However, as national higher education systems grow and evolve, to find their fit within a global architecture, building synergies and links between the sometimes fragmented existing tools and platforms across ASEAN will be key to states’ transition to knowledge economies. Policy makers across ASEAN and universities must work together to embrace Learning Outcomes, Learning Agreements and flexibility in study career paths. This will encourage the young populations of ASEAN to become integrated into the rapidly evolving labour markets. The link between mobile young talent with an international mind-set and the realisation of the ASEAN Communities overall aspirations relies heavily upon enhancing the connectivity and comparability between national systems, structures and agreements.
With more than 6,000 HE institutions and over 15 million enrolled students across ten countries, the HE landscape in ASEAN is naturally very diverse. So how can ASEAN develop the necessary mobile human capacity to meet its future needs?
Sitting alongside this evolving landscape is the experience from Bologna, which was eloquently described by our keynote speaker on day two, Dr Stefan Delplace, Honorary Secretary General of EURASHE. This demonstrated that European institutional practices and student experiences have provided a wealth of analysis, from which we can draw many reference points.
This is where SHARE has a real window to bring that experience to bear, where appropriate, and build upon and work that has already been achieved across ASEAN, enhancing the flow and exchange of information to further develop transparency tools such as quality assurance, qualification frameworks and credit transfer systems. Doing this at the university level as well as system level will help realise the ASEAN Higher Education space in a deeper way, in turn fostering more regional co-operation on learning outcomes and credit transfer.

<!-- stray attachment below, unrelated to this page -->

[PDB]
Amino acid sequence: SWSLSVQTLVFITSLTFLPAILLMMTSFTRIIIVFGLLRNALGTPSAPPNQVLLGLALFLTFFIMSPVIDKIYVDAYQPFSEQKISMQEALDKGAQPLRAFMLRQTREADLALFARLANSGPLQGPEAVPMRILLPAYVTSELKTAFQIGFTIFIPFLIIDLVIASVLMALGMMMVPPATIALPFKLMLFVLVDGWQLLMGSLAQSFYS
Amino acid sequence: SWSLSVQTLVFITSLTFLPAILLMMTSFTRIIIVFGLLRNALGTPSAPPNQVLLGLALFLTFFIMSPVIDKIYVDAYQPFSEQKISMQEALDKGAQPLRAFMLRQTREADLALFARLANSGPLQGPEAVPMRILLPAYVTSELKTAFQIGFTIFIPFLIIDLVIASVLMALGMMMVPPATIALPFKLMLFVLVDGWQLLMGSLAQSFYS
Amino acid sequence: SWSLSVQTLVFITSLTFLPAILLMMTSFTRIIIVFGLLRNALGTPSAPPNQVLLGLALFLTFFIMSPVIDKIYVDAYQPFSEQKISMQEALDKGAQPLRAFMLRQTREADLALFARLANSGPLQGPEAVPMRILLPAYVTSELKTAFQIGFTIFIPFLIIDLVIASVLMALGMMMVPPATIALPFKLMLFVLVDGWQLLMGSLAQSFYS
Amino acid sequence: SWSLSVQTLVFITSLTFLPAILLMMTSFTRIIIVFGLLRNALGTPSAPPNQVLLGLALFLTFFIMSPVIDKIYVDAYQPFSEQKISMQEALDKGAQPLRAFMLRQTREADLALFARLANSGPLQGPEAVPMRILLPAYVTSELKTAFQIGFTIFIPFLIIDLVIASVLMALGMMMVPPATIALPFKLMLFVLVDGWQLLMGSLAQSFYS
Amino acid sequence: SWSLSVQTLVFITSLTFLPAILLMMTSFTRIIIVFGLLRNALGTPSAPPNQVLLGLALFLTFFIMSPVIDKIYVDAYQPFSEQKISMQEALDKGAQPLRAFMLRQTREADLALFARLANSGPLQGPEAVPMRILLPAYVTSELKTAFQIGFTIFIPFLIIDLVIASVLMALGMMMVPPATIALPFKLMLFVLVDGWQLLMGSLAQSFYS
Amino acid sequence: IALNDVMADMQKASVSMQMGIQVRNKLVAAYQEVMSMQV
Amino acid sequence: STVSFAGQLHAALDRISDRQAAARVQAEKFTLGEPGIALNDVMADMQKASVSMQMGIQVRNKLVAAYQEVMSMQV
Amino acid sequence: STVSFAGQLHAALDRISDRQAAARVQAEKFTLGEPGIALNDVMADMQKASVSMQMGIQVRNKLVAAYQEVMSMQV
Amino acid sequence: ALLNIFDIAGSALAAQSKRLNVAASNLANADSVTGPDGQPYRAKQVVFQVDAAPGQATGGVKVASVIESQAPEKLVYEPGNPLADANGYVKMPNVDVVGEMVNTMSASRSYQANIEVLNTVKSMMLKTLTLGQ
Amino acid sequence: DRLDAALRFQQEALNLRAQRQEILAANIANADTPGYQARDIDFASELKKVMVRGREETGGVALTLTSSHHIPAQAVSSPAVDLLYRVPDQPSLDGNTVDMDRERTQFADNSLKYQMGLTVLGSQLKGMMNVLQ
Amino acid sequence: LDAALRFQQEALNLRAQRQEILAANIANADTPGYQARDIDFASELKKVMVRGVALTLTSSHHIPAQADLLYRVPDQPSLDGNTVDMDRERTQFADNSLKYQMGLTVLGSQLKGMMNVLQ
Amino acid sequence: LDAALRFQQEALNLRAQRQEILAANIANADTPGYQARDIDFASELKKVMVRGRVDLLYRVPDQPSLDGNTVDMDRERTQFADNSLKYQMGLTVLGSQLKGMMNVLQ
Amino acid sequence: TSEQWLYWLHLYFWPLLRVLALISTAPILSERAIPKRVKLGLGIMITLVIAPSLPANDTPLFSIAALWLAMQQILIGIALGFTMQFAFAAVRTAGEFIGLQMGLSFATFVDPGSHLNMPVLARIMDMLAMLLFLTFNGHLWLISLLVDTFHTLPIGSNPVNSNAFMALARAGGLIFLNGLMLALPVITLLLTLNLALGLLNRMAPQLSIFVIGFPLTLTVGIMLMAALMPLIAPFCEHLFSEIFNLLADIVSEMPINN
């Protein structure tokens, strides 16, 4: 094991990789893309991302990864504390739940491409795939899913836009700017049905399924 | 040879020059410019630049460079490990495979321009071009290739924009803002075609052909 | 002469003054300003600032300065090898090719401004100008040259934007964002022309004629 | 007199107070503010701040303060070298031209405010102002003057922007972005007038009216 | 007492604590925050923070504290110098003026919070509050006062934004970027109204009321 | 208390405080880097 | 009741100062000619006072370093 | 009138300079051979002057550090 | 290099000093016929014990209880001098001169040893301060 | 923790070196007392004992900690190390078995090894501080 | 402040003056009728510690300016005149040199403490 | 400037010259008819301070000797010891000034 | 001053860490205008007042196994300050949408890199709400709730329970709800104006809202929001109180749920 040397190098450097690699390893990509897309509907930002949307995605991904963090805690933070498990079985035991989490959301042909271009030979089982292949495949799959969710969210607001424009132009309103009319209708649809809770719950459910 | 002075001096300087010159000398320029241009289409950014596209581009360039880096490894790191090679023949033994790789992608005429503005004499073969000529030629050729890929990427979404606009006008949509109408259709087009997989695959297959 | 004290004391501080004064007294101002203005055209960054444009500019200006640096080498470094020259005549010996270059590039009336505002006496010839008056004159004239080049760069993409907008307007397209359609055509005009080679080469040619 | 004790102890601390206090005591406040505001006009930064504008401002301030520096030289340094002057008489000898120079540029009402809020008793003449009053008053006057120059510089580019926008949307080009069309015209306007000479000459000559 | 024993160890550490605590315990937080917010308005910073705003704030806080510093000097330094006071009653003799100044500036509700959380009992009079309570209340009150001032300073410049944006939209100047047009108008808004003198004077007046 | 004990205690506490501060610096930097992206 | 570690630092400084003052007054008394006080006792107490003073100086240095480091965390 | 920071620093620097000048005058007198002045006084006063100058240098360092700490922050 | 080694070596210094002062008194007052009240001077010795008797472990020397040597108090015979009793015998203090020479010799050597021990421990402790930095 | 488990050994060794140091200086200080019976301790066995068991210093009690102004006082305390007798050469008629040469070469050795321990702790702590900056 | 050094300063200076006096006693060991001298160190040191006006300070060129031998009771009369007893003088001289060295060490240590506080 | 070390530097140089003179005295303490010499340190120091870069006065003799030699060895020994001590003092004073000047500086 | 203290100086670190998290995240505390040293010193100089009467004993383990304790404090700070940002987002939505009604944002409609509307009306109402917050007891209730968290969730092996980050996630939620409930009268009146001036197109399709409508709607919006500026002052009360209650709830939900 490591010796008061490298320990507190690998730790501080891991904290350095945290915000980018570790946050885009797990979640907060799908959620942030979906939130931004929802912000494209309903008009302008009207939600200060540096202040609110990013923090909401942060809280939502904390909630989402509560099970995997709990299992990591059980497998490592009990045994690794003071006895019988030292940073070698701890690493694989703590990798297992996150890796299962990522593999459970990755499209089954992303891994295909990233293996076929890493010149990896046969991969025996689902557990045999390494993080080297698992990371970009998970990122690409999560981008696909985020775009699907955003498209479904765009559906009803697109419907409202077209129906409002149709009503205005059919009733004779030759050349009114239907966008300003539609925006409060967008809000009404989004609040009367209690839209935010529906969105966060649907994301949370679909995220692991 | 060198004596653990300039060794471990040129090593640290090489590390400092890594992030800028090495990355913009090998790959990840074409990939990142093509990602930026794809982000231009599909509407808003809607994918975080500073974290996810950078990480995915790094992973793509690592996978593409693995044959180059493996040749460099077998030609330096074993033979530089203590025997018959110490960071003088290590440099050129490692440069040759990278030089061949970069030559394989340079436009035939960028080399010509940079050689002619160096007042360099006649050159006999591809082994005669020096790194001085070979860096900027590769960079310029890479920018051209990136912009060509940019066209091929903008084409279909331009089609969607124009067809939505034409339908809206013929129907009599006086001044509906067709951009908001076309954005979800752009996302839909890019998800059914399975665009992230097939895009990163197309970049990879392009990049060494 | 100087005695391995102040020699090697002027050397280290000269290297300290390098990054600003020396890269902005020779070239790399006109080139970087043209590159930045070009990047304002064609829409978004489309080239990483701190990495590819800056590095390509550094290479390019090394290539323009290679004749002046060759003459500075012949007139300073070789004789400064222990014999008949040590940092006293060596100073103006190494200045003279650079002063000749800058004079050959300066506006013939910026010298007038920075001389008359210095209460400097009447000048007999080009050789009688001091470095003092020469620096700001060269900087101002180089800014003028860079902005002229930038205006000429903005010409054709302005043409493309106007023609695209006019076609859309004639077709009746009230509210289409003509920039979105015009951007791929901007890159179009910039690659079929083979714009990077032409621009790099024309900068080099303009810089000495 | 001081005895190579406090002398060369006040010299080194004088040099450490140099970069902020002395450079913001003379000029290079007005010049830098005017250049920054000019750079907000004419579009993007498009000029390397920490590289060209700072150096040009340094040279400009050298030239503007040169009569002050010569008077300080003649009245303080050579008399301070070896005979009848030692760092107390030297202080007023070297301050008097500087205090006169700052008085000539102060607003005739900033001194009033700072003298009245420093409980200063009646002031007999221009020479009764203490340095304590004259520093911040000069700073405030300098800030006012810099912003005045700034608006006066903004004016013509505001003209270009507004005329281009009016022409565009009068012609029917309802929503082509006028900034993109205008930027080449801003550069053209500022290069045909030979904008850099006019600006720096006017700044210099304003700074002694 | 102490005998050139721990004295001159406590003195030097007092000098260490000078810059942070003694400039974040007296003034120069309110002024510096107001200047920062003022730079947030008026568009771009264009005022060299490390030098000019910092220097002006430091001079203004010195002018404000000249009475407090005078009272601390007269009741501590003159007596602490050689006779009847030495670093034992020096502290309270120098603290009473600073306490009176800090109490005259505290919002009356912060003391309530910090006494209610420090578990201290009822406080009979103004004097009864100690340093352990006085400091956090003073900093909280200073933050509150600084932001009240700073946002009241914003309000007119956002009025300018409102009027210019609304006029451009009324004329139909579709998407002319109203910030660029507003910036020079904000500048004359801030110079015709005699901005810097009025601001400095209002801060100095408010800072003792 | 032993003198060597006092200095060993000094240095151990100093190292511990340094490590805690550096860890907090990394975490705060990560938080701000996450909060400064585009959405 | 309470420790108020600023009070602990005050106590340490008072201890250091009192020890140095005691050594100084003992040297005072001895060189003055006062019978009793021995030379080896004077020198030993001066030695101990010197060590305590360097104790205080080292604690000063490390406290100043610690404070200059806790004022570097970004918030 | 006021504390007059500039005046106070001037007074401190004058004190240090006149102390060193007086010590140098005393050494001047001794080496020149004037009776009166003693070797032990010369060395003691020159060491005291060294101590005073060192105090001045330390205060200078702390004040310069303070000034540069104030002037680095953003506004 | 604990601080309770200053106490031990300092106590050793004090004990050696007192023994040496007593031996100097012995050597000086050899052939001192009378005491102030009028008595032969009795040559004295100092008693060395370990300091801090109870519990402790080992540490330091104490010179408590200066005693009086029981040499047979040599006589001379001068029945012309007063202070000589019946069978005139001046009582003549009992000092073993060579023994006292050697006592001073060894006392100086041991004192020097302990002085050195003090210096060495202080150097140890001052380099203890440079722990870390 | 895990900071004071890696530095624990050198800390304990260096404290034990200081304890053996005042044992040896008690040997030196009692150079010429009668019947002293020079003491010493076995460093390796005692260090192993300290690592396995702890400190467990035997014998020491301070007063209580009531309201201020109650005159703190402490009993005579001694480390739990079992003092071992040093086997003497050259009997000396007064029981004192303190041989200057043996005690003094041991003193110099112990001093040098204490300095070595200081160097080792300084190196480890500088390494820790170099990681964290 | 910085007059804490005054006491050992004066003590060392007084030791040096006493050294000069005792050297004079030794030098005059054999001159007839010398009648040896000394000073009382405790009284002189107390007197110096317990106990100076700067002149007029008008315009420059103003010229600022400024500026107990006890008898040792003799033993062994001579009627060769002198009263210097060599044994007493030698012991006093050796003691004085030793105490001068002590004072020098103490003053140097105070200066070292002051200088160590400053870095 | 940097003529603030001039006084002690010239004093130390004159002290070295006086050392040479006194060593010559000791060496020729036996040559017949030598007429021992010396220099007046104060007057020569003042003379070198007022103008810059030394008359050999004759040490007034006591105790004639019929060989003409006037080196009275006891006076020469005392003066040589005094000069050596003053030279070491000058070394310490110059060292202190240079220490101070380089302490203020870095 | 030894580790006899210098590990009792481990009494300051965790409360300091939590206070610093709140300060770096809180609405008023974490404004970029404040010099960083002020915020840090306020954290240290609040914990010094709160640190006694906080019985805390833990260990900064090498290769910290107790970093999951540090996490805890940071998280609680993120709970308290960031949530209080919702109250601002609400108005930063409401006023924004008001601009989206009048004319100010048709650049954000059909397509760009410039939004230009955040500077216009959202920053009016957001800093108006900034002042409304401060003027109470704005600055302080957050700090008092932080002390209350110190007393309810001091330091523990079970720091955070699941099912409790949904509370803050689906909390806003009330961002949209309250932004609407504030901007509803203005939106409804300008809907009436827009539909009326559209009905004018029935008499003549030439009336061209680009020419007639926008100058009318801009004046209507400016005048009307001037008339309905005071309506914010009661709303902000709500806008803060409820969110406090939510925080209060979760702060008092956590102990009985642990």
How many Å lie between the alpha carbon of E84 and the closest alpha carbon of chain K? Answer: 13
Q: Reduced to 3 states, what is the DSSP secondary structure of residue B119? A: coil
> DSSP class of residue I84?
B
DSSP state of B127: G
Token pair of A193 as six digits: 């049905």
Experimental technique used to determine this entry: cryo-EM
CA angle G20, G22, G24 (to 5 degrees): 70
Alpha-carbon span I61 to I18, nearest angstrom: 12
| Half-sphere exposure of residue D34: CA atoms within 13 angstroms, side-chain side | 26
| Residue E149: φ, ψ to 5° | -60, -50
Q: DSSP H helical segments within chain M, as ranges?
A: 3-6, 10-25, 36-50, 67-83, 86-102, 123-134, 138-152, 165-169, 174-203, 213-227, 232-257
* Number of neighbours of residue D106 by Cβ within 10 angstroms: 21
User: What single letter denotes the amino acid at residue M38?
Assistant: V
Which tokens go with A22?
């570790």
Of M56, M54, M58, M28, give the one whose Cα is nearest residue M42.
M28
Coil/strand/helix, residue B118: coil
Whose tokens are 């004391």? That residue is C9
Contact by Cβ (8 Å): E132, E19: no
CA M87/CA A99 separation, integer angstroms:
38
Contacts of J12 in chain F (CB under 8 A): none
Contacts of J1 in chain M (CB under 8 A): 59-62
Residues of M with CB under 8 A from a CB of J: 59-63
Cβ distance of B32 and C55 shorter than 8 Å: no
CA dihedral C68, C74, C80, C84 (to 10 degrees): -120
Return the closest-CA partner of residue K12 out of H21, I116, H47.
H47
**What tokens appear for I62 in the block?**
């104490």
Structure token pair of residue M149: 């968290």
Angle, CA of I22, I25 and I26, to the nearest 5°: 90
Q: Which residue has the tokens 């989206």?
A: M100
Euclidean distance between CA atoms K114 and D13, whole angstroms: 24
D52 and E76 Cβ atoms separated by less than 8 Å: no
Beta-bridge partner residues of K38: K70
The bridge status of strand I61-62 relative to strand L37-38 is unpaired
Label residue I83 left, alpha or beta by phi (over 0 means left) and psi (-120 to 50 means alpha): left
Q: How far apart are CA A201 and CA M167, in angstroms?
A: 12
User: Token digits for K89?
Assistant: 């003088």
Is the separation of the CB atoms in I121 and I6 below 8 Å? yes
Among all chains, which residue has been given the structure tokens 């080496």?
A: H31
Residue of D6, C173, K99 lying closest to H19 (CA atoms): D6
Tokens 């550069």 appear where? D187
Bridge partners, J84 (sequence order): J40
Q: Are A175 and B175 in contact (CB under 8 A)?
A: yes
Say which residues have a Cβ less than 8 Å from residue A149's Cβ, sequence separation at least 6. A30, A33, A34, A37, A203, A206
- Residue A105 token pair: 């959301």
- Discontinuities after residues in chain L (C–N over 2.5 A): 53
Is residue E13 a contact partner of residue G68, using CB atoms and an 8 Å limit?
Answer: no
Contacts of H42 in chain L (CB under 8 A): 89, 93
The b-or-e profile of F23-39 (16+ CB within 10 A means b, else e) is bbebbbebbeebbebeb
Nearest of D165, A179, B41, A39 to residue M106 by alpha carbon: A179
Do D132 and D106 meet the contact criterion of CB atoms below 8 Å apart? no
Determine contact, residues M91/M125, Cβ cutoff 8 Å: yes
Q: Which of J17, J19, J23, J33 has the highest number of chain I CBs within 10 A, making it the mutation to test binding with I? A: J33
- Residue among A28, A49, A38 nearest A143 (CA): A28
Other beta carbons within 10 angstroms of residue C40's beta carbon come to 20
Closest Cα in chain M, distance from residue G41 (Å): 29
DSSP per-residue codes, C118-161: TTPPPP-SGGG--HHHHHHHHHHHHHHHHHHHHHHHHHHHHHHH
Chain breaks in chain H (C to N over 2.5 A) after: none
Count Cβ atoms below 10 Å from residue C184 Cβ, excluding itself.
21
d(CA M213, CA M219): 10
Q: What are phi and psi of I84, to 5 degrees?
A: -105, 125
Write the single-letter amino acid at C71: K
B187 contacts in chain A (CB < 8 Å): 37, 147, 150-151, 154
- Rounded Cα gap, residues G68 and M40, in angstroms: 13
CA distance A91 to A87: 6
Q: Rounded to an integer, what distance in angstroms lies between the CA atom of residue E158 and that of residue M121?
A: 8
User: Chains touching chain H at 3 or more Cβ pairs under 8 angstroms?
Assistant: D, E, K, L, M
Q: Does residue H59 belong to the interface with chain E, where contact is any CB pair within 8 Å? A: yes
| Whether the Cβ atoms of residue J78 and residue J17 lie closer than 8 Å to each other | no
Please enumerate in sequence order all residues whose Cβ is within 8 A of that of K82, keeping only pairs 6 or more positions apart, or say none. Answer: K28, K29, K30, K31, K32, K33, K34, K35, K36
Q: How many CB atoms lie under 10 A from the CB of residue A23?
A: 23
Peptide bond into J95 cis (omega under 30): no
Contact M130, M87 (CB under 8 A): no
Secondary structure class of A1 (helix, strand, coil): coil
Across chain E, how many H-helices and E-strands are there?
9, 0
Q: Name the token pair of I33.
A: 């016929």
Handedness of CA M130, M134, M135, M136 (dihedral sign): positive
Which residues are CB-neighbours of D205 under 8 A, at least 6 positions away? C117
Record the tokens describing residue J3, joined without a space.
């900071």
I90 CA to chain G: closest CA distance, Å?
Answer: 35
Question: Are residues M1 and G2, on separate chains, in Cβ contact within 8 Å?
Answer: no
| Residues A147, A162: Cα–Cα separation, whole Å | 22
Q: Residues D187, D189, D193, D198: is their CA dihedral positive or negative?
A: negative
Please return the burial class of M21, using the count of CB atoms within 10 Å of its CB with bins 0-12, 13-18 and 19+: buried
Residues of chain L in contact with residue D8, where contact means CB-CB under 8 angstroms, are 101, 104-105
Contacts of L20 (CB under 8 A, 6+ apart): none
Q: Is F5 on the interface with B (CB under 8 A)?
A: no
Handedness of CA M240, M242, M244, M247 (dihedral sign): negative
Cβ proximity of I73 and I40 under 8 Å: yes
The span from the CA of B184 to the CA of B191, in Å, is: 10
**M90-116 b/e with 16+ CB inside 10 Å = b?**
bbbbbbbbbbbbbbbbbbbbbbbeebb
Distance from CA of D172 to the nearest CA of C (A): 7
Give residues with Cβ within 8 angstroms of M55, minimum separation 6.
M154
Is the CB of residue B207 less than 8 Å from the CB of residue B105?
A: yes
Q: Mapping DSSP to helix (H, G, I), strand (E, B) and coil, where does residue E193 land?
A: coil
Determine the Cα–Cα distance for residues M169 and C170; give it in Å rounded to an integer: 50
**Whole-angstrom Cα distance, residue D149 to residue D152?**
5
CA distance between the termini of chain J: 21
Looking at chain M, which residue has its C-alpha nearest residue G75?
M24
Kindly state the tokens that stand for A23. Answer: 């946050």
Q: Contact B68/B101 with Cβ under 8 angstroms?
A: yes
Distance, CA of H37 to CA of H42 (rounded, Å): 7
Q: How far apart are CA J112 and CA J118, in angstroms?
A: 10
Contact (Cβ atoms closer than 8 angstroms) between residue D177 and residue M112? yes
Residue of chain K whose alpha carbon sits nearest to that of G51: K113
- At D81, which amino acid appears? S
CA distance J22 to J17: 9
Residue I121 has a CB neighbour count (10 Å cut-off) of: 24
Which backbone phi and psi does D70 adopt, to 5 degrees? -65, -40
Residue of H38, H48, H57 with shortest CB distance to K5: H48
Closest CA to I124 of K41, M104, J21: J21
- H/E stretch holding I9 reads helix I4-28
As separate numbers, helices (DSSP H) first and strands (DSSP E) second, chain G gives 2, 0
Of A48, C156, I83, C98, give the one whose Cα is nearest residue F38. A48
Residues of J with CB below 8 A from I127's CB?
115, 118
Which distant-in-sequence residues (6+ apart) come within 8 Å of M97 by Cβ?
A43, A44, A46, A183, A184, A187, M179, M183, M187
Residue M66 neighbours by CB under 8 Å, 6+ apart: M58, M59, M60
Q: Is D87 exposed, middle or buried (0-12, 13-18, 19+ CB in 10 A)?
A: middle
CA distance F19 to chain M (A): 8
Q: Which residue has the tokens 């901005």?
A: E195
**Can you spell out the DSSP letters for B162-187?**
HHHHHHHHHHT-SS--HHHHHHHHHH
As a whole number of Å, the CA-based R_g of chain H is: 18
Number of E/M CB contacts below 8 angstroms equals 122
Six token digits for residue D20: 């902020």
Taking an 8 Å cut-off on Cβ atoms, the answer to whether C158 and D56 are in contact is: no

It was clear from the student panel session at this Policy Dialogue that there is a real appetite for an international study experience, linked to an awakening of what it means to have an ASEAN identity amongst graduates that, after all, will become the leaders of tomorrow. There remains much work to do in widening access to extend such opportunities to a more diverse student body from varied social and educational backgrounds.
The workshop elements during our two day debate, produced a lively exchange of ideas, focused usefully on internationalisation through mobility tools, as an integral part of building the necessary trust and understanding that will enhance exchange opportunities between students, academics, and institutions, for the ultimate benefit of ASEAN societies. They encompass provisions and agreements that facilitate the implementation of mobility through credit based learning outcomes, mutually recognised transcripts, learning agreements, student charters and credit transfer and accumulation. They can be used in face to face dialogues with students or can be blended with on-line platforms to make curricula more transparent and enhance the quality of higher education.
Through embracing and enhancing internationalisation we can encourage students to develop an ASEAN identity and mind-set, empowering them to act as agents of change in boosting regional integration, ultimately driving ASEAN’s competiveness in a complex global higher education landscape.
The final word is perhaps best left to one of the student panel speakers Monica Dwiyanti, from Indonesia, who summed up her exchange experience in just five words: “New things, New perspectives: Priceless!”
The programme book, presentation materials, and a collection of photos of the third SHARE Policy Dialogue are available as the following: